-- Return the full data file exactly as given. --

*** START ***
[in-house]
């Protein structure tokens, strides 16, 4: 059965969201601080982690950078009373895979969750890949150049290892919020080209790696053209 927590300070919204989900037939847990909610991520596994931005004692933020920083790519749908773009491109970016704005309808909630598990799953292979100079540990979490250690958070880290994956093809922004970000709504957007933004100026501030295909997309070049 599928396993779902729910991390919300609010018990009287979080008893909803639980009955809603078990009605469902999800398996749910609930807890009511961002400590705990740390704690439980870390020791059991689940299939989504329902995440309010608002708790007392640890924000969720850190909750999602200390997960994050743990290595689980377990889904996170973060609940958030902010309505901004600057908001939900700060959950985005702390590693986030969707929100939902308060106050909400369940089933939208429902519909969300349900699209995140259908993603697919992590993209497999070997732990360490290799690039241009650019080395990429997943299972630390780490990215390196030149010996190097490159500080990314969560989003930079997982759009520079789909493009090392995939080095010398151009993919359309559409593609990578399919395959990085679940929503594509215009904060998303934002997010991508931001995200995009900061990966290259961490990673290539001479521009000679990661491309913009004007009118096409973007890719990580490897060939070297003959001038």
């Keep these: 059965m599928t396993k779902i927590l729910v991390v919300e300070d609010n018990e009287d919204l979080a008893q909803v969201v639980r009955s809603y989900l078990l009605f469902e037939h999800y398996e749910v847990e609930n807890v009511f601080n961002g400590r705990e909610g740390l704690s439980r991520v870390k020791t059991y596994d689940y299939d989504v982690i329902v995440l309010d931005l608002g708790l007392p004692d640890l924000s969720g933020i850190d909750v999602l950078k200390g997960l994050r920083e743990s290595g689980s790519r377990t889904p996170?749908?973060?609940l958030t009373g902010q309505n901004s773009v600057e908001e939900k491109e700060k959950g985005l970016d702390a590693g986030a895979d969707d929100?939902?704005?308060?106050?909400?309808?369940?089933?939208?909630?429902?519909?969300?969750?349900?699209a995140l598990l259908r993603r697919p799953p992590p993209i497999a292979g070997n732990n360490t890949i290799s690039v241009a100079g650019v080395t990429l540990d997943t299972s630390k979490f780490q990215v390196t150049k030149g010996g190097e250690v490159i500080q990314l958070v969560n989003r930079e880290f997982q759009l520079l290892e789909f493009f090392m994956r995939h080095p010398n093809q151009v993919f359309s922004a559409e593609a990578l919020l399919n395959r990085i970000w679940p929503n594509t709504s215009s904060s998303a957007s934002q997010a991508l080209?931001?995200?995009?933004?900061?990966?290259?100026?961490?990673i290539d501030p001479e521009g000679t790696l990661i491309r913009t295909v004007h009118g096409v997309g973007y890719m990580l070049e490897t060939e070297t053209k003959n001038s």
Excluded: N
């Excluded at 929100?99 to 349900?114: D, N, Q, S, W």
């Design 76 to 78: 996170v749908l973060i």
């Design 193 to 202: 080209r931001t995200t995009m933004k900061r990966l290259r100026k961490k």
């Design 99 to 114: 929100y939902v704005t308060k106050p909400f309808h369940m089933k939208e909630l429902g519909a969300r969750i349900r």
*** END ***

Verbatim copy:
[in-house]
């Protein structure tokens, strides 16, 4: 059965969201601080982690950078009373895979969750890949150049290892919020080209790696053209 927590300070919204989900037939847990909610991520596994931005004692933020920083790519749908773009491109970016704005309808909630598990799953292979100079540990979490250690958070880290994956093809922004970000709504957007933004100026501030295909997309070049 599928396993779902729910991390919300609010018990009287979080008893909803639980009955809603078990009605469902999800398996749910609930807890009511961002400590705990740390704690439980870390020791059991689940299939989504329902995440309010608002708790007392640890924000969720850190909750999602200390997960994050743990290595689980377990889904996170973060609940958030902010309505901004600057908001939900700060959950985005702390590693986030969707929100939902308060106050909400369940089933939208429902519909969300349900699209995140259908993603697919992590993209497999070997732990360490290799690039241009650019080395990429997943299972630390780490990215390196030149010996190097490159500080990314969560989003930079997982759009520079789909493009090392995939080095010398151009993919359309559409593609990578399919395959990085679940929503594509215009904060998303934002997010991508931001995200995009900061990966290259961490990673290539001479521009000679990661491309913009004007009118096409973007890719990580490897060939070297003959001038």
């Keep these: 059965m599928t396993k779902i927590l729910v991390v919300e300070d609010n018990e009287d919204l979080a008893q909803v969201v639980r009955s809603y989900l078990l009605f469902e037939h999800y398996e749910v847990e609930n807890v009511f601080n961002g400590r705990e909610g740390l704690s439980r991520v870390k020791t059991y596994d689940y299939d989504v982690i329902v995440l309010d931005l608002g708790l007392p004692d640890l924000s969720g933020i850190d909750v999602l950078k200390g997960l994050r920083e743990s290595g689980s790519r377990t889904p996170?749908?973060?609940l958030t009373g902010q309505n901004s773009v600057e908001e939900k491109e700060k959950g985005l970016d702390a590693g986030a895979d969707d929100?939902?704005?308060?106050?909400?309808?369940?089933?939208?909630?429902?519909?969300?969750?349900?699209a995140l598990l259908r993603r697919p799953p992590p993209i497999a292979g070997n732990n360490t890949i290799s690039v241009a100079g650019v080395t990429l540990d997943t299972s630390k979490f780490q990215v390196t150049k030149g010996g190097e250690v490159i500080q990314l958070v969560n989003r930079e880290f997982q759009l520079l290892e789909f493009f090392m994956r995939h080095p010398n093809q151009v993919f359309s922004a559409e593609a990578l919020l399919n395959r990085i970000w679940p929503n594509t709504s215009s904060s998303a957007s934002q997010a991508l080209?931001?995200?995009?933004?900061?990966?290259?100026?961490?990673i290539d501030p001479e521009g000679t790696l990661i491309r913009t295909v004007h009118g096409v997309g973007y890719m990580l070049e490897t060939e070297t053209k003959n001038s």
Excluded: N
């Excluded at 929100?99 to 349900?114: D, N, Q, S, W």
């Design 76 to 78: 996170v749908l973060i």
């Design 193 to 202: 080209r931001t995200t995009m933004k900061r990966l290259r100026k961490k």
């Design 99 to 114: 929100y939902v704005t308060k106050p909400f309808h369940m089933k939208e909630l429902g519909a969300r969750i349900r």